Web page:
Speculation was mounting that the 2015 election would sweep Daw Aung San Suu Kyi to power. It was in June, just five months to the elections, Chinese President Xi Jinping invited her to Beijing in her capacity as the leader of the National League for Democracy. She accepted the invitation and visited China from 10 to 14 June last year. That signalled an abrupt turn in the political landscape of Myanmar. China expected that she would push for better relations between the two countries.
The suspension of the Myitsone dam project in 2011 greatly astonished China, with a professor of Beijing University saying that he was taken aback by the recent political reform in Myanmar.
One year after Daw Aung San Suu Kyi’s visit to China, I was privileged to participate in a seminar on media cooperation between Myanmar and China from 16 to 29 June. Among officials who gave talks on various topics of news media were high-ranking officials, sociologists and retired departmental officers. When asked how China viewed the new government’s commitment to democratic reform, a Chinese official said they welcomed the NLD-led government, recognised Daw Aung San Suu Kyi as a competent leader and hoped for better relations between the two countries.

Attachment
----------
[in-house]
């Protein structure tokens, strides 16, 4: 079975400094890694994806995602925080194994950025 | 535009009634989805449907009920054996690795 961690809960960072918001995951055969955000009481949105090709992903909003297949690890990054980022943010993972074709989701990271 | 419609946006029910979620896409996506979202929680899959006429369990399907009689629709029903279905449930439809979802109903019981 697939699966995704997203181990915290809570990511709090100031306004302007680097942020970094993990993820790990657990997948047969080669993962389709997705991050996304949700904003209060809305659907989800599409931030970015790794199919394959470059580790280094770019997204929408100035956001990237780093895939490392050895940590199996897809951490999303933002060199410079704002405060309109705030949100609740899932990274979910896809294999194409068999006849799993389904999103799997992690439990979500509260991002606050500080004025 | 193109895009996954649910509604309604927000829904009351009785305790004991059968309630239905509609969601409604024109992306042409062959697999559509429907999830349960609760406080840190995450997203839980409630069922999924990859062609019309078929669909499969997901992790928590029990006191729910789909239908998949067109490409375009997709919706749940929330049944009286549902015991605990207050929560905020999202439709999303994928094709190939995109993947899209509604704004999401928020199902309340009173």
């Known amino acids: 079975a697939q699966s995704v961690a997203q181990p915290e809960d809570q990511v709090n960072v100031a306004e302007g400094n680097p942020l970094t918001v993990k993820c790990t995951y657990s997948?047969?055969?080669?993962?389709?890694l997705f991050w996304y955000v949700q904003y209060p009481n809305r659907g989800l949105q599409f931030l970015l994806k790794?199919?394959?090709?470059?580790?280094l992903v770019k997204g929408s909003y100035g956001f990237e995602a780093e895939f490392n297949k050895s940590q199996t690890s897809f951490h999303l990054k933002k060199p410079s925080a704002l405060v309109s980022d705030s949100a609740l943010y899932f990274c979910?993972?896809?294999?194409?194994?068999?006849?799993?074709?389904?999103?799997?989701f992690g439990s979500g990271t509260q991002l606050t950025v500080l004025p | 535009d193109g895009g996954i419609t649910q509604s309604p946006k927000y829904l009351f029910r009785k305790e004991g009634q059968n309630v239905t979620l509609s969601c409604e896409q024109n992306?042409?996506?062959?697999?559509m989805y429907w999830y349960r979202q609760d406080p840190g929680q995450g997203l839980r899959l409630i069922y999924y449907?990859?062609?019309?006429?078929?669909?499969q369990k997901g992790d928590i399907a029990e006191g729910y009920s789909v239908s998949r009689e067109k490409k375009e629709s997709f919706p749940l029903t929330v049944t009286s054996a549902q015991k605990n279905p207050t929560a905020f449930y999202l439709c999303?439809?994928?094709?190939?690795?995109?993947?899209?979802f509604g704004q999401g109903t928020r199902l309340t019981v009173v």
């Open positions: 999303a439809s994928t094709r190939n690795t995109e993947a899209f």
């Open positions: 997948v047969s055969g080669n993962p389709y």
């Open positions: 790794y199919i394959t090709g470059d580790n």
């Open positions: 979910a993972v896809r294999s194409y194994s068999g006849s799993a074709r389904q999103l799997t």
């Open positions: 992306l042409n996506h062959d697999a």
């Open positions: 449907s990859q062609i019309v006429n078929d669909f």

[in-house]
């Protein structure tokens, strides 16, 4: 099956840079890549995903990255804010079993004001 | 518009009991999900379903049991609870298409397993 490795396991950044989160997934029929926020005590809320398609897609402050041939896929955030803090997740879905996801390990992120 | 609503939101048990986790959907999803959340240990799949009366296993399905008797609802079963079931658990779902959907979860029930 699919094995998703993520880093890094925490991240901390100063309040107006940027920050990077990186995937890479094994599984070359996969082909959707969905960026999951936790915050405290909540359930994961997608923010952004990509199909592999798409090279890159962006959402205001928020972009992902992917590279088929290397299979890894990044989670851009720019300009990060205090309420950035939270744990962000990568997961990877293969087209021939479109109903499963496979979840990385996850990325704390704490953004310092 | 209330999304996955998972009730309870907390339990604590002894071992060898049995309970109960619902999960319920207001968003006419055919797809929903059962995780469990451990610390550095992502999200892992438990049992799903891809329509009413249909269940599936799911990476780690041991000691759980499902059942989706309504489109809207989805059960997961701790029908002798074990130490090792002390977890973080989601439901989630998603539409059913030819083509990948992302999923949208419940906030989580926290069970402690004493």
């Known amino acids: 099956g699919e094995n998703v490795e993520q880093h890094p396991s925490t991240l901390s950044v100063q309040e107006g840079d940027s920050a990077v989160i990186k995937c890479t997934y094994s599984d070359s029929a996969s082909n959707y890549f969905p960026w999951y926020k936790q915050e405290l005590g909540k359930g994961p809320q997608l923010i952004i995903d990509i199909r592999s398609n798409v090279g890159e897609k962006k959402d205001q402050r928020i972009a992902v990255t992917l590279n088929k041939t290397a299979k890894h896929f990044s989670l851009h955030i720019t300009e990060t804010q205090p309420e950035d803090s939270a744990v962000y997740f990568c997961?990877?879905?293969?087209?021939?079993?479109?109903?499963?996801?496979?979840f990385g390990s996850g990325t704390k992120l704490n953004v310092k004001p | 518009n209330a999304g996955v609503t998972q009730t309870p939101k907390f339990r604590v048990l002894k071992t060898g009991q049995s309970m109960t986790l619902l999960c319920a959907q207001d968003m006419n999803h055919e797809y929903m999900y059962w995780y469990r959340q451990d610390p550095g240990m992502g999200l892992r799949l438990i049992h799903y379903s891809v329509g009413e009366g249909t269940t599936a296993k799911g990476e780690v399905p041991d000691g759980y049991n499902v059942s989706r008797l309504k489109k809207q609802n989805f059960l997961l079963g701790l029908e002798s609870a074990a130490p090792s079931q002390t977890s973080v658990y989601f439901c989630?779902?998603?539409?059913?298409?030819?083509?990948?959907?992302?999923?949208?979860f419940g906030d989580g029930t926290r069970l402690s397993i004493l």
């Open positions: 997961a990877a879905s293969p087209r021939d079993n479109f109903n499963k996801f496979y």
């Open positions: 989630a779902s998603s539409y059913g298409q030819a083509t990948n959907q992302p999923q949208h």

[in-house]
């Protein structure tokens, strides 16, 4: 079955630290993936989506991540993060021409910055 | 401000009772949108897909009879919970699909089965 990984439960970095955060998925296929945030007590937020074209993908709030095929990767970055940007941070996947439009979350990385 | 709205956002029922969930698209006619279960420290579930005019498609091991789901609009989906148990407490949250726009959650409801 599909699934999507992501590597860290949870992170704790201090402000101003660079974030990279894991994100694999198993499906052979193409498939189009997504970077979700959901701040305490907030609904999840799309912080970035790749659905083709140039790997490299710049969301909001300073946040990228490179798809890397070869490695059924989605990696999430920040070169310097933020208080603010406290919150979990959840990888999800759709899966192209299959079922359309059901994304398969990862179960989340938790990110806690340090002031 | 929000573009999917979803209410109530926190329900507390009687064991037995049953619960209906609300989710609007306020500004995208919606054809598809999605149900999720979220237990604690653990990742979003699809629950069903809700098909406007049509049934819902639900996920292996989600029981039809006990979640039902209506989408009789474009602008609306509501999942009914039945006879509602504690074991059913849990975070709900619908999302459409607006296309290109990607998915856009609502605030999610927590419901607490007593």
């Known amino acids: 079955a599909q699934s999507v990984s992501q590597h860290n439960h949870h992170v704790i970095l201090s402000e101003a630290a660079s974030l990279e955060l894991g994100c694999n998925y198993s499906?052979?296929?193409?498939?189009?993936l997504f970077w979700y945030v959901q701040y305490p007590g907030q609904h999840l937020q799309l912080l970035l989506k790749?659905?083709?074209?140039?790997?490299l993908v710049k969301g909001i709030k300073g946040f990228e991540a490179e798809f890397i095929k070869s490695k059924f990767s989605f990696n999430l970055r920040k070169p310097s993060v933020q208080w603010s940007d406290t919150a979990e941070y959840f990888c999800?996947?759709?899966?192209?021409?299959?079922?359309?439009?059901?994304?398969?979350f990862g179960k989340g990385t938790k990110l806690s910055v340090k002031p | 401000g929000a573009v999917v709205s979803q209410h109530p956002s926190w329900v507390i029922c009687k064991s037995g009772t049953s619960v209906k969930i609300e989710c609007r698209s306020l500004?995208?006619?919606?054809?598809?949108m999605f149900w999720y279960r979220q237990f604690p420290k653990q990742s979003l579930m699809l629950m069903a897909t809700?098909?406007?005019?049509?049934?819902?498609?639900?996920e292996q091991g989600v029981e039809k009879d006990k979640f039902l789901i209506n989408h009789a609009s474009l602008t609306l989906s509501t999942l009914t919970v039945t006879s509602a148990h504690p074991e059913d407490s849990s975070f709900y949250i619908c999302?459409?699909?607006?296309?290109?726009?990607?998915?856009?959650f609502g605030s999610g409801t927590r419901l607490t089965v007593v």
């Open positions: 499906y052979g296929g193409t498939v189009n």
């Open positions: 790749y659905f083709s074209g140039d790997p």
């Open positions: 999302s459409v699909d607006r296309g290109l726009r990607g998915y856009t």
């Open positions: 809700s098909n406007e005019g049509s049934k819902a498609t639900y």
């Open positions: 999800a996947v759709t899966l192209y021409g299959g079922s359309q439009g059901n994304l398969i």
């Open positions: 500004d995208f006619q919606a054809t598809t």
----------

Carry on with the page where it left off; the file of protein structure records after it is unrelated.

In response to a query about the attitudinal changes in Myanmar society towards China due to lack of transparency in commercial activities, a Chinese official reiterated the existing friendly relations between the two governments, stressing that China had pushed for the creation of greater intimacy between the two peoples.